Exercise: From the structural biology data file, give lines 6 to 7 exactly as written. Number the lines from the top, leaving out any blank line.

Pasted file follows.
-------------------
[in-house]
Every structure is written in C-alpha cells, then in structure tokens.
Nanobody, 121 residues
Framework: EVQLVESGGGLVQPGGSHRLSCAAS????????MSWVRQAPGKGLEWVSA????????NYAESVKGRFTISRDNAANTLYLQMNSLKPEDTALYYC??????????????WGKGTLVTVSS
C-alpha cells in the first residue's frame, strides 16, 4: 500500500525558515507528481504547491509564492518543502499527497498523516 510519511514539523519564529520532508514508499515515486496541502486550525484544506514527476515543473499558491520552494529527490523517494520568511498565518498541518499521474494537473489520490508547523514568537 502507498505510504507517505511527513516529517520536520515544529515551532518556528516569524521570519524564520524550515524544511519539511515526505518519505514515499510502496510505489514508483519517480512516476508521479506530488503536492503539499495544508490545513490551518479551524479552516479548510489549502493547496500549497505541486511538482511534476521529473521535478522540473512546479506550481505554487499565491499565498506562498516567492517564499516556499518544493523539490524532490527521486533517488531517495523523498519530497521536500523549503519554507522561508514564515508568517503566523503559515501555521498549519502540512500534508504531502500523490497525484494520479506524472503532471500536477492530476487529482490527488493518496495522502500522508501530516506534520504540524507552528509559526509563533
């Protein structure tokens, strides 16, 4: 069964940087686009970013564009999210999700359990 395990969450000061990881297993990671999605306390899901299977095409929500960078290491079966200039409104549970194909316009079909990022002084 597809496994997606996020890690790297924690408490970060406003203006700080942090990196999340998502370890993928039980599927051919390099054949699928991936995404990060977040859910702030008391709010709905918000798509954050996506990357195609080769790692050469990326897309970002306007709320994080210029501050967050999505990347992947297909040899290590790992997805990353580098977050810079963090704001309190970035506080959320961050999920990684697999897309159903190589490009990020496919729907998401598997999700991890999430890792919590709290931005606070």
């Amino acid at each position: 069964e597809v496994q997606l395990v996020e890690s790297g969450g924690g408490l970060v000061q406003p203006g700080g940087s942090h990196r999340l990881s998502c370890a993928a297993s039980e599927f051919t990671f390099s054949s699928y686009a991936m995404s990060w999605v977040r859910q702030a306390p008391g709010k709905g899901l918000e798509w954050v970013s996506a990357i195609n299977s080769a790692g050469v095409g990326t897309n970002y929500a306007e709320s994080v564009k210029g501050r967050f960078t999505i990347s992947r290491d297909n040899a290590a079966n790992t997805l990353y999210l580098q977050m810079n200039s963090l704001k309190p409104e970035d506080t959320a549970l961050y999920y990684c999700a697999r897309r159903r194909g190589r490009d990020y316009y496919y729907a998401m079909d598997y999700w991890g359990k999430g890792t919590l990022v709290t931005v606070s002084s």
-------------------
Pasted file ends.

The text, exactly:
């Protein structure tokens, strides 16, 4: 069964940087686009970013564009999210999700359990 395990969450000061990881297993990671999605306390899901299977095409929500960078290491079966200039409104549970194909316009079909990022002084 597809496994997606996020890690790297924690408490970060406003203006700080942090990196999340998502370890993928039980599927051919390099054949699928991936995404990060977040859910702030008391709010709905918000798509954050996506990357195609080769790692050469990326897309970002306007709320994080210029501050967050999505990347992947297909040899290590790992997805990353580098977050810079963090704001309190970035506080959320961050999920990684697999897309159903190589490009990020496919729907998401598997999700991890999430890792919590709290931005606070």
């Amino acid at each position: 069964e597809v496994q997606l395990v996020e890690s790297g969450g924690g408490l970060v000061q406003p203006g700080g940087s942090h990196r999340l990881s998502c370890a993928a297993s039980e599927f051919t990671f390099s054949s699928y686009a991936m995404s990060w999605v977040r859910q702030a306390p008391g709010k709905g899901l918000e798509w954050v970013s996506a990357i195609n299977s080769a790692g050469v095409g990326t897309n970002y929500a306007e709320s994080v564009k210029g501050r967050f960078t999505i990347s992947r290491d297909n040899a290590a079966n790992t997805l990353y999210l580098q977050m810079n200039s963090l704001k309190p409104e970035d506080t959320a549970l961050y999920y990684c999700a697999r897309r159903r194909g190589r490009d990020y316009y496919y729907a998401m079909d598997y999700w991890g359990k999430g890792t919590l990022v709290t931005v606070s002084s």